The F12 Berlinetta ushers in a new generation of Ferrari 12-cylinders in the form of a car that delivers unprecedented performance from an exceptional new engine, unparalleled handling and innovative design and aerodynamics.

Every time Ferrari has unveiled a new 12-cylinder sports car since 1947, something magical has happened. Perhaps this has to do with the fact that our very first car, the 125 S, was itself a 12-cylinder or maybe it's because purists see the 12-cylinder as the engine size par excellence. Be that as it may, every time a Prancing Horse car of this kind makes its debut, it hails the start of a new era. There have been several 12-cylinder models built here at Maranello that have gone down in the annals of automotive history because of their technological prowess and the results they've delivered.

The 1953 375 America, for instance, had an engine derived directly from the F1 single-seater of the day, while the 250 GTO in the 1960s was the perfect melding of styling and performance. That list must also include, of course, the 1969 365 GTB4, better known simply as the Daytona, which, thanks to its brilliantly balanced architecture delivered absolutely unique driving emotions. All of these engines and cars are now eagerly sought after by collectors the world over and each one represented major generational leap forward when it debuted.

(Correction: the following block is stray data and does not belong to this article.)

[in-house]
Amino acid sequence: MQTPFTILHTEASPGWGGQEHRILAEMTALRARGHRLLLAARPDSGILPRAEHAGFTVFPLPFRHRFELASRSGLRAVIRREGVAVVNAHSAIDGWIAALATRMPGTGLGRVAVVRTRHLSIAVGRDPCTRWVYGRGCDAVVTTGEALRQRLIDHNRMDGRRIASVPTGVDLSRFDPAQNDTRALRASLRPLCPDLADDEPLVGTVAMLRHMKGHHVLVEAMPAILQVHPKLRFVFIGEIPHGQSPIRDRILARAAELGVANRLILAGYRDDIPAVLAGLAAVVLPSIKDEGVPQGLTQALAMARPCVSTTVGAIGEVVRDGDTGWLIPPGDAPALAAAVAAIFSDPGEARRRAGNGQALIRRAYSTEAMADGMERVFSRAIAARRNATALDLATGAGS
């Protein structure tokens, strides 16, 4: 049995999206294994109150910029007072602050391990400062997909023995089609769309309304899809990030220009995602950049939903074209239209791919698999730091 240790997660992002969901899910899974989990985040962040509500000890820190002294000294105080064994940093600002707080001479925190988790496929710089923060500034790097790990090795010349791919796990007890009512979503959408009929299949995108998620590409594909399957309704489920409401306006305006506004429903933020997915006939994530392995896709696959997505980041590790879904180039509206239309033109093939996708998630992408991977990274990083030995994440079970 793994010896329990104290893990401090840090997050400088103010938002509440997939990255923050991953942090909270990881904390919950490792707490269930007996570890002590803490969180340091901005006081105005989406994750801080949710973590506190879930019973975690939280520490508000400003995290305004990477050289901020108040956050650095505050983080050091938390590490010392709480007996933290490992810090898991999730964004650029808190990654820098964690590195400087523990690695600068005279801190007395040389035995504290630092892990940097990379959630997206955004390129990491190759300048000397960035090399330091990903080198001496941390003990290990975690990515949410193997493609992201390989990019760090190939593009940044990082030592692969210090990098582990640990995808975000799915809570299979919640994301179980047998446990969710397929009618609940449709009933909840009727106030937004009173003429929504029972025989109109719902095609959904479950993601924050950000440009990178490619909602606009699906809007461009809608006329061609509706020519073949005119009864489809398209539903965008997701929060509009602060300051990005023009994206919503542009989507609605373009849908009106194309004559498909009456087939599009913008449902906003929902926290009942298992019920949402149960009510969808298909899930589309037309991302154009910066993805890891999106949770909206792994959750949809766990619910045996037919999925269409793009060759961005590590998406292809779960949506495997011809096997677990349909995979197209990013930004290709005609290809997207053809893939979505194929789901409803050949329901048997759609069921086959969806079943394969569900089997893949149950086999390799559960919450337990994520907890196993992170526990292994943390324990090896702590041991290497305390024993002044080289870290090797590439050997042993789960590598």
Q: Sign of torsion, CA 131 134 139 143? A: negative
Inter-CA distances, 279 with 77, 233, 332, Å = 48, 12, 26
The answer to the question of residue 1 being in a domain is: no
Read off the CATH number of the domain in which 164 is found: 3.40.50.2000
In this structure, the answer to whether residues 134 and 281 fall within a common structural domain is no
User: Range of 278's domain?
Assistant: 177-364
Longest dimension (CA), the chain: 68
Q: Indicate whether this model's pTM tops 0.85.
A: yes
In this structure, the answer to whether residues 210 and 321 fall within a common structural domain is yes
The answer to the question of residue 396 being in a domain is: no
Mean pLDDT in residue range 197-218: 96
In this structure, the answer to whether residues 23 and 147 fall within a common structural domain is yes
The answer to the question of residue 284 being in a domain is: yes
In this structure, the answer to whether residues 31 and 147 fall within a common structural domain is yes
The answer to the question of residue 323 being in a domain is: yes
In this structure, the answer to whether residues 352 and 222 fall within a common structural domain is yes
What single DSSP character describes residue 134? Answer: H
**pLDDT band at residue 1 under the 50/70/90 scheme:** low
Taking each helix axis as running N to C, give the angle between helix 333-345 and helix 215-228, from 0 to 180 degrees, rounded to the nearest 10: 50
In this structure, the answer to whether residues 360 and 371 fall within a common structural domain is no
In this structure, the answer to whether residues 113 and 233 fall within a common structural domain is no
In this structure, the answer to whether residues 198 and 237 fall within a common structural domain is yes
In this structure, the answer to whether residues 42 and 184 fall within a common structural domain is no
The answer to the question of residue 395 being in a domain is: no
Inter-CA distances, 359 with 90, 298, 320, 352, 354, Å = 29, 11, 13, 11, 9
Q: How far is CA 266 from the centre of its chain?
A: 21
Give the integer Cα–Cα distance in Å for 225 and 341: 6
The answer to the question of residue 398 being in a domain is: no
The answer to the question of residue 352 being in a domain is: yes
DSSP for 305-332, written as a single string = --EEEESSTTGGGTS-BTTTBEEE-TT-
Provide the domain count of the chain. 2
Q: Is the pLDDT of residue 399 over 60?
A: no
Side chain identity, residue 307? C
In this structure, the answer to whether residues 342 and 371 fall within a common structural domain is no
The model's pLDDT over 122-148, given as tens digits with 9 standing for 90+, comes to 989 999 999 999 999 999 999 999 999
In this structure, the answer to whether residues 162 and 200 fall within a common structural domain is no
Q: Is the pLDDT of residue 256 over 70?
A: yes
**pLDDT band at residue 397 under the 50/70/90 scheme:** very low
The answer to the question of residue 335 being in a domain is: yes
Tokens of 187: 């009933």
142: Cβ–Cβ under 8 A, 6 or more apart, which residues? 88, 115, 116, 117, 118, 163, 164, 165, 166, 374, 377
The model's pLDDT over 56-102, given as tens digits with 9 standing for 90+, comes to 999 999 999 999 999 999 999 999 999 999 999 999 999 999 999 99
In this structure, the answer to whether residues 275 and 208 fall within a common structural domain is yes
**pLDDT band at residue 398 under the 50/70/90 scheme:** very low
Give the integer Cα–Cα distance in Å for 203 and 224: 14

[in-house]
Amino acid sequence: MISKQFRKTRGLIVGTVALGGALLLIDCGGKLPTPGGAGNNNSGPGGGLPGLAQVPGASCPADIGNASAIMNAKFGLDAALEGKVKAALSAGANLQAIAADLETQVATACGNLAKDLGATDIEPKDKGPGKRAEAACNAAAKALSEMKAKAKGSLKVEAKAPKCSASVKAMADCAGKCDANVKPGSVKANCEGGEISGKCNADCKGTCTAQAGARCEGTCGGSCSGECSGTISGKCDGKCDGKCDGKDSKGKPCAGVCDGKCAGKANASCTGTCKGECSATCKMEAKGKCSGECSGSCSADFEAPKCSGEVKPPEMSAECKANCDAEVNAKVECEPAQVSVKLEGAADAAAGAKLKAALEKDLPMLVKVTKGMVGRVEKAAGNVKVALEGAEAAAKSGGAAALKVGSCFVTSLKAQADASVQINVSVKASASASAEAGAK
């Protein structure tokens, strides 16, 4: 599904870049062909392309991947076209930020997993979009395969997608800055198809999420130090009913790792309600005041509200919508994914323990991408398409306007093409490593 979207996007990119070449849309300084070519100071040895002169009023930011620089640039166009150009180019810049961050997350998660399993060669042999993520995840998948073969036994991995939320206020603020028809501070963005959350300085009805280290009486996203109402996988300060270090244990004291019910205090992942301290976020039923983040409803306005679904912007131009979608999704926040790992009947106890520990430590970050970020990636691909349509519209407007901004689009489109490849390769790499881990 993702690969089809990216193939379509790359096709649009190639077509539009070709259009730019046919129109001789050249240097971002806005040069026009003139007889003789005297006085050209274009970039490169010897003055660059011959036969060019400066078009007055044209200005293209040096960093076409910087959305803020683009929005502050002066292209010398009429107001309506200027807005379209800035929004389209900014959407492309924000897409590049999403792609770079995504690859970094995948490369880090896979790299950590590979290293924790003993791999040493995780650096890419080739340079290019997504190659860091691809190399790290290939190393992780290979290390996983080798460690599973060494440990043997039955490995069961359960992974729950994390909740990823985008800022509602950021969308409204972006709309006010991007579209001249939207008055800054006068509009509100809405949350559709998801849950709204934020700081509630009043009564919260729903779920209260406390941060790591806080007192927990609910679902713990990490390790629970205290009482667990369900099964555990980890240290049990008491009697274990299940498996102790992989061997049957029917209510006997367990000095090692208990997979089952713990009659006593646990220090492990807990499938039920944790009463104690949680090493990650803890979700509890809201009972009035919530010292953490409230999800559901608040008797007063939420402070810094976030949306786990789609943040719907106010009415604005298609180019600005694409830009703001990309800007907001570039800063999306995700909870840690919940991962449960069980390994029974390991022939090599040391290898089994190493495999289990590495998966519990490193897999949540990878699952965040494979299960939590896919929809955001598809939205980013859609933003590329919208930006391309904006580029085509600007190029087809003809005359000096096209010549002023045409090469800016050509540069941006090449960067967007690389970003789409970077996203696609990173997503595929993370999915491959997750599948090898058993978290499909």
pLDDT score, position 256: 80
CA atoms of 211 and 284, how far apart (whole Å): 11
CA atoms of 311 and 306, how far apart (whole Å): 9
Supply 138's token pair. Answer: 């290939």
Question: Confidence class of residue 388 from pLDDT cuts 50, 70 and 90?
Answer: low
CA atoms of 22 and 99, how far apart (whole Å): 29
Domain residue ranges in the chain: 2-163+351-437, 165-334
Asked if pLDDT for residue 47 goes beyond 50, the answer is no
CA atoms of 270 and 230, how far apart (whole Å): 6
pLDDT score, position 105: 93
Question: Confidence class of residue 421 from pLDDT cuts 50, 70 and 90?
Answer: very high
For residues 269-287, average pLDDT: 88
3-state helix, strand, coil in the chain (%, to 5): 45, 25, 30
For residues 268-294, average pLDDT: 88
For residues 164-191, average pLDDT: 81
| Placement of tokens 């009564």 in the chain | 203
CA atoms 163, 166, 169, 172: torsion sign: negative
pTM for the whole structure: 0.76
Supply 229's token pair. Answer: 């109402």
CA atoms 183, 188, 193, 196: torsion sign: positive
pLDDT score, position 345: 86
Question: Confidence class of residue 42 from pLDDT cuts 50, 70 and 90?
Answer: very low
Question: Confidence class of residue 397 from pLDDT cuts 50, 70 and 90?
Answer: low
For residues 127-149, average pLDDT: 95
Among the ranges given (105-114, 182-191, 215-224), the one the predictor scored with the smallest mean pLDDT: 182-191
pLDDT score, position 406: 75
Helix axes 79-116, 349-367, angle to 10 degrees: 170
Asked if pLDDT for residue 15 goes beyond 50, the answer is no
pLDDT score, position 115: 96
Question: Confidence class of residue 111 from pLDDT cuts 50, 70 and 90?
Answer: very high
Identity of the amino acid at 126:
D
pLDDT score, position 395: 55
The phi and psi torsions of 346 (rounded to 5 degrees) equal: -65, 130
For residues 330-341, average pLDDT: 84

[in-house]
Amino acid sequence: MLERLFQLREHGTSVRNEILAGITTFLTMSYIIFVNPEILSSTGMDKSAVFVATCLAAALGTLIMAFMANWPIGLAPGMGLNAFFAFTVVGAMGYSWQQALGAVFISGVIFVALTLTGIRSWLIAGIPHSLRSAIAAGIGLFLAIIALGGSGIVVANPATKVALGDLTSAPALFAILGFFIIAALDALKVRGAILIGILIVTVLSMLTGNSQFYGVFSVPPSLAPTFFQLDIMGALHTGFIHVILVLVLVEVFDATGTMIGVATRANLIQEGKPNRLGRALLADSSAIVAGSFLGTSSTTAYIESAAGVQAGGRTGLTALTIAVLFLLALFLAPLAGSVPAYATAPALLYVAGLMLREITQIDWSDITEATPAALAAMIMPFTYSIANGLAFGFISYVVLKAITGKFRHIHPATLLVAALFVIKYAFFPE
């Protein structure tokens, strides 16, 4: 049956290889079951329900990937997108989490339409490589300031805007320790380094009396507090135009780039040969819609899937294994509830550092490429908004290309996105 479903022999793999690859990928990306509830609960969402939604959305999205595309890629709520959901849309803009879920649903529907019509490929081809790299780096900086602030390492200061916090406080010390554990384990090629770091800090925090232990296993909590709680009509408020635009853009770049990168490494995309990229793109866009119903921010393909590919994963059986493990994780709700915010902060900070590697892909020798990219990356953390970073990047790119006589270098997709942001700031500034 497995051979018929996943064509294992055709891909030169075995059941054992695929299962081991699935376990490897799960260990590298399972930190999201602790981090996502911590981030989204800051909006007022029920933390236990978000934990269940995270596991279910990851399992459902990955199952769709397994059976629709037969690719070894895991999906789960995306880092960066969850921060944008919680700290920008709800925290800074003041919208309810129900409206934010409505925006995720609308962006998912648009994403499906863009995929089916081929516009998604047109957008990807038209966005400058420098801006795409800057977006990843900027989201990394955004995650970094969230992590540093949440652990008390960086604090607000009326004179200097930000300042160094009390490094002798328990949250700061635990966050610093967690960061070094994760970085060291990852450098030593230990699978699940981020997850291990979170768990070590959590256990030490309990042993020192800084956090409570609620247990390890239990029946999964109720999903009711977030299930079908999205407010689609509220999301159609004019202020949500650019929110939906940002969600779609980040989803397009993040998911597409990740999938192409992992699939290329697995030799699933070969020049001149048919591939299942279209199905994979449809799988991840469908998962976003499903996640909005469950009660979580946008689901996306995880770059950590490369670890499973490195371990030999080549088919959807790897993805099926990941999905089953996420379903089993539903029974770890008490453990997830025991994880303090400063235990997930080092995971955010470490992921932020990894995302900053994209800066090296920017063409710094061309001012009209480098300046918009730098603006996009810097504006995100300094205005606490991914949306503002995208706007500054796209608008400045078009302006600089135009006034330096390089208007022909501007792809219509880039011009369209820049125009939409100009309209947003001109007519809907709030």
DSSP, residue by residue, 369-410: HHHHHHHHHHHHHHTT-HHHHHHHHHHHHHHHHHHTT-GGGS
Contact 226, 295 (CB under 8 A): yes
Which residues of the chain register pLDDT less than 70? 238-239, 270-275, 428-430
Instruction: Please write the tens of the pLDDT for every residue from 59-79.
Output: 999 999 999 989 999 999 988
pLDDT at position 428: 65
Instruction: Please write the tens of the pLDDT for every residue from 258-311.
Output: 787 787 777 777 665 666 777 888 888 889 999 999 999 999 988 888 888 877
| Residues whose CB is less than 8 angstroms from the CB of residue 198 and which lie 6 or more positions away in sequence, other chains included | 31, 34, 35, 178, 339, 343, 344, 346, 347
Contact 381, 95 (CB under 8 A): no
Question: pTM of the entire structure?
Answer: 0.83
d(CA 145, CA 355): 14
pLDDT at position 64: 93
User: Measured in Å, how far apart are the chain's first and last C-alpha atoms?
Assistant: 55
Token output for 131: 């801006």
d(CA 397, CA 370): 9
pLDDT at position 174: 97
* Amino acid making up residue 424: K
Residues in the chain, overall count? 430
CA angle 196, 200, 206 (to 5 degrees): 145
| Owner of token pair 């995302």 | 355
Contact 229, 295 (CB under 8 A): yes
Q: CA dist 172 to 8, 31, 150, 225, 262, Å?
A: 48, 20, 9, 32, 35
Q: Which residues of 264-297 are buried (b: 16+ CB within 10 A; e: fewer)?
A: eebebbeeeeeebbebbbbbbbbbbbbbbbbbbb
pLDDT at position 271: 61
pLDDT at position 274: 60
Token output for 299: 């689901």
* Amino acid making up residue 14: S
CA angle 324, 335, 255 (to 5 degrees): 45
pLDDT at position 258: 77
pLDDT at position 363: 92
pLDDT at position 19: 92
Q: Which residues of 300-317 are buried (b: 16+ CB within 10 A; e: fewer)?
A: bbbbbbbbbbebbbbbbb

This story continues today with the F12 Berlinetta which is not merely our latest mid-front 12-cylinder model but the first in a whole new generation of this kind of car. In fact, it is the most high performance Ferrari ever built yet it still effortlessly marries extreme performance with benchmark efficiency, delivering fuel consumption and emissions levels that are 30% lower than the previous generation. The challenge for our engineers and technicians this time was to create a front-engine car with blistering performance that was still able to offer the same driving pleasure and involvement at lower speeds. A difficult task because it meant improving on the design of the 599 GTB Fiorano, deemed the most beautiful Ferrari ever. However, their commitment and determination has produced a car sporting an exceptional new 740 hp mid-front V12 engine that delivers 690 Nm of torque.